JP: Preprints allow everyone to participate in providing feedback on a paper. Besides social media and the commenting functionalities of preprint servers, there is a thriving ecosystem of projects that provide peer review on preprints, ranging from projects that highlight interesting preprints (e.g., preLights), to those that automate screening (e.g., ASWG), and provide editor-organised review (e.g., Review Commons, Peer Community In). Many of these projects, such as PREreview and ASAPbio’s own Crowd preprint review activities, are directly beneficial to early career researchers who might be more comfortable commenting anonymously, collaborating with others, or covering specific areas of a paper. And because these projects invite researchers to comment on a paper outside the context of a journal, reviewers can focus on the quality and merit of the science as opposed to whether it meets certain criteria for publication, which can only improve research outputs as whole.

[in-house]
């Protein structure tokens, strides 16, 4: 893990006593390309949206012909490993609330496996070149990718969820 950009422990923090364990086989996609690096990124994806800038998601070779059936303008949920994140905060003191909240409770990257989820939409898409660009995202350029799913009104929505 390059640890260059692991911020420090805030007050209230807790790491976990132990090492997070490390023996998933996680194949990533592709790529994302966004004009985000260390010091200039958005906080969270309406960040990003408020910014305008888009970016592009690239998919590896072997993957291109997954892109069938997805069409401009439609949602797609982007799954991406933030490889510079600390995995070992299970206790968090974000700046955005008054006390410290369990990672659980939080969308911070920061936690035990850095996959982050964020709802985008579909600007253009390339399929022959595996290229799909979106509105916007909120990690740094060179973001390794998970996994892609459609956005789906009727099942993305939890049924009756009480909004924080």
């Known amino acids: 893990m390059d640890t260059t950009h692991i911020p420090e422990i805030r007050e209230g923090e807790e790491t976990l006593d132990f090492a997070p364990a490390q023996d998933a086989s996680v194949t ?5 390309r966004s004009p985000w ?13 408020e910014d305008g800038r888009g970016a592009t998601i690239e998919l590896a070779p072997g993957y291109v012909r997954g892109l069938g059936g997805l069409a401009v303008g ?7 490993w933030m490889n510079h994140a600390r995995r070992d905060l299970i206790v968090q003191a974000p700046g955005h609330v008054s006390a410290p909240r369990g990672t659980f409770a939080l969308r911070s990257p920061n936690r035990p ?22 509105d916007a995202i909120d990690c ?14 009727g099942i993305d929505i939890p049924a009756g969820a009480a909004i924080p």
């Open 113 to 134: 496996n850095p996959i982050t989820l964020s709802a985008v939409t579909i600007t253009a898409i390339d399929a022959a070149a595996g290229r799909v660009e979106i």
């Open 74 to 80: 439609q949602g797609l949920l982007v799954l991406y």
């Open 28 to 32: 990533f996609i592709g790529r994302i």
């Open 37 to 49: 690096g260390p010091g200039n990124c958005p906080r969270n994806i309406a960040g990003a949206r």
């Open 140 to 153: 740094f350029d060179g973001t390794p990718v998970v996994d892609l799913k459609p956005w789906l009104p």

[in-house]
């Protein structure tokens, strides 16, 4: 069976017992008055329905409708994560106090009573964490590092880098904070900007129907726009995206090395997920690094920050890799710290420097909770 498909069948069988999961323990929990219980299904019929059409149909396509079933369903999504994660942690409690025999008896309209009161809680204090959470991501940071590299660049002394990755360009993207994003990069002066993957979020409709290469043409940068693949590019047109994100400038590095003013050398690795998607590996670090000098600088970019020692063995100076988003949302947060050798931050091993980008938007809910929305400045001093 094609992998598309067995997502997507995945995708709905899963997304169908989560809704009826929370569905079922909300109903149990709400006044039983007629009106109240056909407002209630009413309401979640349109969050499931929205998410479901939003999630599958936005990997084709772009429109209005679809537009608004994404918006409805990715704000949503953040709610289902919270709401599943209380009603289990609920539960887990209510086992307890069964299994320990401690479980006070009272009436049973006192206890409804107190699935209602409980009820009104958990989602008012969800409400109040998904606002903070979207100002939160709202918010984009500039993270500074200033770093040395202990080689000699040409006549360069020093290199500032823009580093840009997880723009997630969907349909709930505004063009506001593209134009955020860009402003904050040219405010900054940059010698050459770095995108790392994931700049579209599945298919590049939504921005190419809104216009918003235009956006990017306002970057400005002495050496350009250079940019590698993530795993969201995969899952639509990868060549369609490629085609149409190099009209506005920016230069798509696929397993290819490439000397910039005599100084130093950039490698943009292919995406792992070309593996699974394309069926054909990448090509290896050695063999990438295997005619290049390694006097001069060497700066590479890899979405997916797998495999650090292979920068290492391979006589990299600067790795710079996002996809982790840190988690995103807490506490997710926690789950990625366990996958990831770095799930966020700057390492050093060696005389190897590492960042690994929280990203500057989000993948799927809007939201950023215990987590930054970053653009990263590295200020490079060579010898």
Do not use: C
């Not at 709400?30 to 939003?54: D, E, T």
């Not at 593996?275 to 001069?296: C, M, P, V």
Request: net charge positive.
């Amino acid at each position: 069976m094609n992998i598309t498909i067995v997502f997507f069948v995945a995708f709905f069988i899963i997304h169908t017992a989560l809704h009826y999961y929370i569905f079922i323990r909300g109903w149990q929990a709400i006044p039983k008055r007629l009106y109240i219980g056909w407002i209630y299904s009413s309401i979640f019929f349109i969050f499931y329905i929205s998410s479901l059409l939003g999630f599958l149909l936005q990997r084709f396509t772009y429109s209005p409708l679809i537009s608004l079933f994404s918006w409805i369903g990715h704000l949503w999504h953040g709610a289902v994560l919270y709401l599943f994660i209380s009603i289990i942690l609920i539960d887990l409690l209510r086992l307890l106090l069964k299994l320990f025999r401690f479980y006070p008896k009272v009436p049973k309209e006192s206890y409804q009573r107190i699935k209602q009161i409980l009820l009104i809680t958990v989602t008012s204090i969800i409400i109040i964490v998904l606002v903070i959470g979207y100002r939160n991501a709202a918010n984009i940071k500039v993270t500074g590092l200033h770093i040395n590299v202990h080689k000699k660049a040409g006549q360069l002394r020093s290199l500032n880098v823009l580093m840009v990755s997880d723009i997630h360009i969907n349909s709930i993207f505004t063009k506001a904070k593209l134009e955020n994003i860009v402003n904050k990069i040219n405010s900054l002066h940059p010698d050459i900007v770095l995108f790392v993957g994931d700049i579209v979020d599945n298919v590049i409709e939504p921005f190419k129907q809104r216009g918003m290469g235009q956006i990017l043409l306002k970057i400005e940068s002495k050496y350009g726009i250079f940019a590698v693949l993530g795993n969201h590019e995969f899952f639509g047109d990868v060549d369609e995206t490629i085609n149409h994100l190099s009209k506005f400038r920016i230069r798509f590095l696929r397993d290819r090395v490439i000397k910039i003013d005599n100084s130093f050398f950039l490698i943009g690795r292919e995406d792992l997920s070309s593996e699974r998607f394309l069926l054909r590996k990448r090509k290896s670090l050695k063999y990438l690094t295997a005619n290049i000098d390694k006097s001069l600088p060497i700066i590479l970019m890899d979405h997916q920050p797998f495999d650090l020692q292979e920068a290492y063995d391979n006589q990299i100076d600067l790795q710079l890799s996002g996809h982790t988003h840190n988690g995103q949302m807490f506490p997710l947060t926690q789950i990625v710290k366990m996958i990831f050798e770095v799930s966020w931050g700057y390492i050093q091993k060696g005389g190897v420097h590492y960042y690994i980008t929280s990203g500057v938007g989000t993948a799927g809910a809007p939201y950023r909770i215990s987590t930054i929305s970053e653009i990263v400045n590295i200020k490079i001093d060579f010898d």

Q: What do you think are the challenges in making the broader peer review system more inclusive?
JP: The traditional peer review system in journals is built on trust: authors and readers trust that when a paper is published in a given journal, it has been through a rigorous process. In turn, the editors of journals select reviewers they know they can rely on, creating a “club” of sorts. Furthermore, as the identities of reviewers and editors are often not known (which is sometimes necessary to protect the vulnerable from retaliation), there’s the potential for favouritism and bias.
Q: Do preprints make research more inclusive?